Thursday, April 3, 2014

On the Road to Bathgate Act 4g: George S. Foster, Chicago Politician, Lawyer, Banker and More

Chicago Eagle, January 20, 1900
What can I say about George S. Foster? 

He led an incredible life. As a teenager he lived in a sod shanty where a snake slithered from the roof down into his cup of tea. As an elderly man he was a gentleman farmer who lived comfortably on the shores of Lake Michigan. Along the way he was a successful lawyer and a zealous advocate for unpopular clients. 

George S. Foster represented a notorious bond thief. He defended ghouls who stole money from the pockets of Iroquois theater fire victims. He helped to save the House of David religious commune from extinction. 

George Foster was a politician. He was intensively involved in Chicago and Cook County Democratic organizations. He served the City of Chicago as alderman, and later lost races for municipal court judge, the Illinois state assembly and the United States Congress. 

George S. Foster helped to find three community banks -- each of which, like most of their peers, failed during the Great Depression. 

There is much to say, so let's get moving. 

My great uncle, George S. Foster, lived a long and fruitful life.  He was born in Canada, moved to North Dakota, and then Iowa and Illinois, before spending his final years in Michigan. George was brother to my grandfather, Ike Foster, and son of my great grandfather, William Foster. Uncle George was husband, father, lawyer, politician, banker and so much more.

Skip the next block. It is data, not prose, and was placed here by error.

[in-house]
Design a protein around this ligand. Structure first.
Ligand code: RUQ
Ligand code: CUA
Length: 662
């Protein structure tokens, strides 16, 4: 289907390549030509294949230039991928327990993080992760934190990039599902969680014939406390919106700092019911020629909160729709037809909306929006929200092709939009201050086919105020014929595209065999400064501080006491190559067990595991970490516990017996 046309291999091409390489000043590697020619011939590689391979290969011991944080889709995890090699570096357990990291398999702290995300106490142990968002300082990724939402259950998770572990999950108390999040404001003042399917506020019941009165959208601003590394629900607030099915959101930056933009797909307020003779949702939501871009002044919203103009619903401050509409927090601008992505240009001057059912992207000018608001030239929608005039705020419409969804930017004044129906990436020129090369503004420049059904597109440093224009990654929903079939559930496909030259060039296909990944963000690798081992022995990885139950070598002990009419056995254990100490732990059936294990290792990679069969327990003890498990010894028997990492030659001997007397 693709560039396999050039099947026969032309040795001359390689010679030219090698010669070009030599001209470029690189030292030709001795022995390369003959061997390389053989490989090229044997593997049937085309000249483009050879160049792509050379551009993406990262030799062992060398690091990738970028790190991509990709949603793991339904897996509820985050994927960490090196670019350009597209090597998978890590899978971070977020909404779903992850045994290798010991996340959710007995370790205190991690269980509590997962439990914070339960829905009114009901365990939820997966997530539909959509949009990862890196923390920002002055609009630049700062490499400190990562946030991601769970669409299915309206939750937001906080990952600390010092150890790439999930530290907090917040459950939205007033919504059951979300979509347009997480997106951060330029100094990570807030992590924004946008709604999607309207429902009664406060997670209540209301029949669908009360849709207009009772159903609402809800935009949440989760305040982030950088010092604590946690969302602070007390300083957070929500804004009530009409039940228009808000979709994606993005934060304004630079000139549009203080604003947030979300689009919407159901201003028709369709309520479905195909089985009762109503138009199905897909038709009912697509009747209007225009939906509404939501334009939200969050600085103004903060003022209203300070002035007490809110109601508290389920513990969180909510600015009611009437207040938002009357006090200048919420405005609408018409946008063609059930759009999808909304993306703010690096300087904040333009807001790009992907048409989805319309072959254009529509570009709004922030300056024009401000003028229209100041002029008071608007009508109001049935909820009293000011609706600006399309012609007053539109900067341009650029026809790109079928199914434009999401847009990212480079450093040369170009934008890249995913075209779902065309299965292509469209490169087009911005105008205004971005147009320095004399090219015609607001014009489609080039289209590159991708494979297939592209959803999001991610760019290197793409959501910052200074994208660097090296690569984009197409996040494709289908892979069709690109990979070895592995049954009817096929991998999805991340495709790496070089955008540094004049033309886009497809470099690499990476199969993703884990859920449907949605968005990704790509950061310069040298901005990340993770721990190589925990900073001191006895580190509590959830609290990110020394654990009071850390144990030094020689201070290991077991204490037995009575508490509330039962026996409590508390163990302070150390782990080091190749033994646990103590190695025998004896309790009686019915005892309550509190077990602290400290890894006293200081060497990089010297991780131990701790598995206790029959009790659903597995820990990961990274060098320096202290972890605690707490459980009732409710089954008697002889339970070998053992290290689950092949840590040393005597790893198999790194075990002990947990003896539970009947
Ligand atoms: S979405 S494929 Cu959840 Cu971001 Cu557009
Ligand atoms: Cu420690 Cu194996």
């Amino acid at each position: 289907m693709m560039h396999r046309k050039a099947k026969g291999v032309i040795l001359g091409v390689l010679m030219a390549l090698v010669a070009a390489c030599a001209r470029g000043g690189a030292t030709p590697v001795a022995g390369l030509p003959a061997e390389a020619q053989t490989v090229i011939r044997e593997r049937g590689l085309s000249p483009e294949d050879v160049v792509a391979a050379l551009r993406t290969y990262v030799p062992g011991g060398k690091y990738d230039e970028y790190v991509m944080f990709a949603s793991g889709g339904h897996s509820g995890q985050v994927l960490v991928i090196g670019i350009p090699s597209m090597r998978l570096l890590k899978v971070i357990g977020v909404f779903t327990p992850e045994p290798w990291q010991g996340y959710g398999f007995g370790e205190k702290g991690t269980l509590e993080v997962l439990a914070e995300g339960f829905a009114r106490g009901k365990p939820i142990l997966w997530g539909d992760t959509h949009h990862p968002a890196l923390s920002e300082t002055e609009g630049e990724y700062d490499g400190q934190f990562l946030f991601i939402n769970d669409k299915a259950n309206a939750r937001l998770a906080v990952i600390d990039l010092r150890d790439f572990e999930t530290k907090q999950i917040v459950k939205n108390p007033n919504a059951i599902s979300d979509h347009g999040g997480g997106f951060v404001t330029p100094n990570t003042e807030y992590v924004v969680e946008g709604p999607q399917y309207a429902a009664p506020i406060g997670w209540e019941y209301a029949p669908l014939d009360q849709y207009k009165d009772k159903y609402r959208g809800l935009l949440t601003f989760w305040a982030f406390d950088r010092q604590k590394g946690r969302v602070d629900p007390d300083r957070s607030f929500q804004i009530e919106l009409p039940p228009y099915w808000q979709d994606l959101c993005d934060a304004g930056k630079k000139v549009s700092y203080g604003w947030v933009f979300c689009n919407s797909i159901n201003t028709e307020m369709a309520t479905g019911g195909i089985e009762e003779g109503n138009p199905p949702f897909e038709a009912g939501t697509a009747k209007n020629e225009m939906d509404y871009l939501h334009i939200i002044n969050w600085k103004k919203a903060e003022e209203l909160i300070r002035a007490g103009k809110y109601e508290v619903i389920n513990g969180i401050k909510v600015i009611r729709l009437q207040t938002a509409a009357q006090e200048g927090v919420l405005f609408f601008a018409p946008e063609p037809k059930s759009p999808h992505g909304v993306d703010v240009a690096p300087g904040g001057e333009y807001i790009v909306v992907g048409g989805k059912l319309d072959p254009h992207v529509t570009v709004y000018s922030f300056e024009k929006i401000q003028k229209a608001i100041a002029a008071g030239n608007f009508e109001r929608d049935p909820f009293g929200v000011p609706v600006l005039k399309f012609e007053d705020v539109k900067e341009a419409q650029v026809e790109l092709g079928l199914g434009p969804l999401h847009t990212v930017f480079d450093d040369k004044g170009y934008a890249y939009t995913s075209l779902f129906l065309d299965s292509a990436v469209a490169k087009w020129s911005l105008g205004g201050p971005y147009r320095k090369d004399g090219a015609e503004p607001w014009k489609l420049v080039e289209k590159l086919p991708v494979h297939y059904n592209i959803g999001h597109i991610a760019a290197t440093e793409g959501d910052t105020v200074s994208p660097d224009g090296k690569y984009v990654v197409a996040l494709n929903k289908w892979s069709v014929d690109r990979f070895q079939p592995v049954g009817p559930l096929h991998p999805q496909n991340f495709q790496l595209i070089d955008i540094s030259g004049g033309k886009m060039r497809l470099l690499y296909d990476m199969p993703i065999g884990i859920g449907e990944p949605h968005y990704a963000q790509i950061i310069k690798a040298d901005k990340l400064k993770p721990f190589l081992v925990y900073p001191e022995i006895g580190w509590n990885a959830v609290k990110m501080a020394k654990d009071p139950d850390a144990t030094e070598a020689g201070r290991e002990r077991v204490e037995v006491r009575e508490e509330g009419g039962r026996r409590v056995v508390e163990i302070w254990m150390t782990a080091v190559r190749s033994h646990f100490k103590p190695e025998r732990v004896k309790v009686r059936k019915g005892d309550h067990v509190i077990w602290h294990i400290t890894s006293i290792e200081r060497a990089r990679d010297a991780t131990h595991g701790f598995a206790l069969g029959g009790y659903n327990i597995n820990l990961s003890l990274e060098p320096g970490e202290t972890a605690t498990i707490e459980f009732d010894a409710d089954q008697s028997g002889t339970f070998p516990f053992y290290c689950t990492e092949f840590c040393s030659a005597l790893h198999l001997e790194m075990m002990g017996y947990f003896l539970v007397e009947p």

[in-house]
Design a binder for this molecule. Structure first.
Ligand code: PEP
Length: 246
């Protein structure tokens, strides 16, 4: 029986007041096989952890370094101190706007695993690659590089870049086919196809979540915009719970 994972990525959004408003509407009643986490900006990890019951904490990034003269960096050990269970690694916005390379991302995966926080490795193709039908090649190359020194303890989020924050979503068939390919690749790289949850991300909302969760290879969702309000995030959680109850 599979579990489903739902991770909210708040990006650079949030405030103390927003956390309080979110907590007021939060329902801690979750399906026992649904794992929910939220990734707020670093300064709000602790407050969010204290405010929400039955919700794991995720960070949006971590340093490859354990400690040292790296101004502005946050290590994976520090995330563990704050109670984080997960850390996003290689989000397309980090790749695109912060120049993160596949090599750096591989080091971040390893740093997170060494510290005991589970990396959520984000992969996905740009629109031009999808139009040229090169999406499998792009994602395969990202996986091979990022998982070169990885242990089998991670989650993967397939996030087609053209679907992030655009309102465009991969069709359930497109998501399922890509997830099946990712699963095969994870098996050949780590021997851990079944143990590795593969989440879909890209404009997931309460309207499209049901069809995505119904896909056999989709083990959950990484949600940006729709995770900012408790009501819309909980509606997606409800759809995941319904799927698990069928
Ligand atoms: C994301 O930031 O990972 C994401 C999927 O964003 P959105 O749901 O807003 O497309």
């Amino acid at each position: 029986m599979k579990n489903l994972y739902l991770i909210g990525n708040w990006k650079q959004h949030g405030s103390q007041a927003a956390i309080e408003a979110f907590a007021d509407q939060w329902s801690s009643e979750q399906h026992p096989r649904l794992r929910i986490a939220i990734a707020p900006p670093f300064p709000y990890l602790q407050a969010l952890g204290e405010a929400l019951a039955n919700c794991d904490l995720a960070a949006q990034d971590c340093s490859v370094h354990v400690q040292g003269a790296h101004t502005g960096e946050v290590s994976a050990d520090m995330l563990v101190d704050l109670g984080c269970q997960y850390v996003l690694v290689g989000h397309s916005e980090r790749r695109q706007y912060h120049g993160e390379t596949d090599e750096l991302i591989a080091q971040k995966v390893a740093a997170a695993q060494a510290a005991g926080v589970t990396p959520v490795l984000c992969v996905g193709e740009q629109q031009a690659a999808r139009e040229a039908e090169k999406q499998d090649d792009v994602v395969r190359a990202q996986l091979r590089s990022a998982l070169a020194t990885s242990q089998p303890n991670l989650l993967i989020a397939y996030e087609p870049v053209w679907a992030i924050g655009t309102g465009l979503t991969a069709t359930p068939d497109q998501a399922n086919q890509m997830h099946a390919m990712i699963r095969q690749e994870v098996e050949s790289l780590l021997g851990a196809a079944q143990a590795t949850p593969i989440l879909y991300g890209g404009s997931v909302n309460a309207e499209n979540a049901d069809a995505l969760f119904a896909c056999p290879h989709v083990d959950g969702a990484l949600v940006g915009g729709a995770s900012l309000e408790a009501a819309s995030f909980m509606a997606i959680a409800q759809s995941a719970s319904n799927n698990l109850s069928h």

George and Ike, along with their siblings, James, William and Robert, were offspring of immigrant parents, William Foster (Ireland) and Margaret Sanderson (Canadian born of Scottish immigrants). Isaac was the eldest. George S. was two years Ike's junior. A half sister, Emily Lillia, was born after George's mother Margaret died and William remarried. George was born in Monckton, Ontario, Canada on June 27, 1864. To put that birth date into historical perspective, George S. came into this world the same day that General William Tecumseh Sherman commanded Union forces in the Civil War Battle of Kennesaw Mountain. Sherman continued on to capture Atlanta, from where he burned and marauded his way on the pivotal March to the Sea.

A. George S. Foster After the Dash

We start our look into George S. Foster's life with an obituary, not because that relates the total sum and substance of his life, but because it frames a picture for presenting the life that he led. Towards the end, George S. moved from his adopted home of Chicago, Illinois, across Lake Michigan to a shoreline farm in Benton Harbor, Michigan. George's obituary was published June 8, 1946 (below right) in the Benton Harbor News Palladium :

George S. Foster
Fatally Stricken
Wednesday Evening

Atty. George Sanderson Foster, a prominent Chicago, Ill, lawyer and well known in the twin cities [Benton Harbor and St. Joseph, Michigan], died between 5 and 8 p.m., Wednesday evening of a heart attack while hoeing grapes on his fruit farm, 345 Lake Shore drive. He was found by his son, William.

Born June 27, 1864 in Monckton, Canada, he married Hattie Goebel, Dec. 27, 1923. For 50 years he practiced law in Chicago and for several years he owned a fruit farm on the Lake Shore drive where he made his summer residence. Atty. Foster and his family recently made this farm their permanent residence.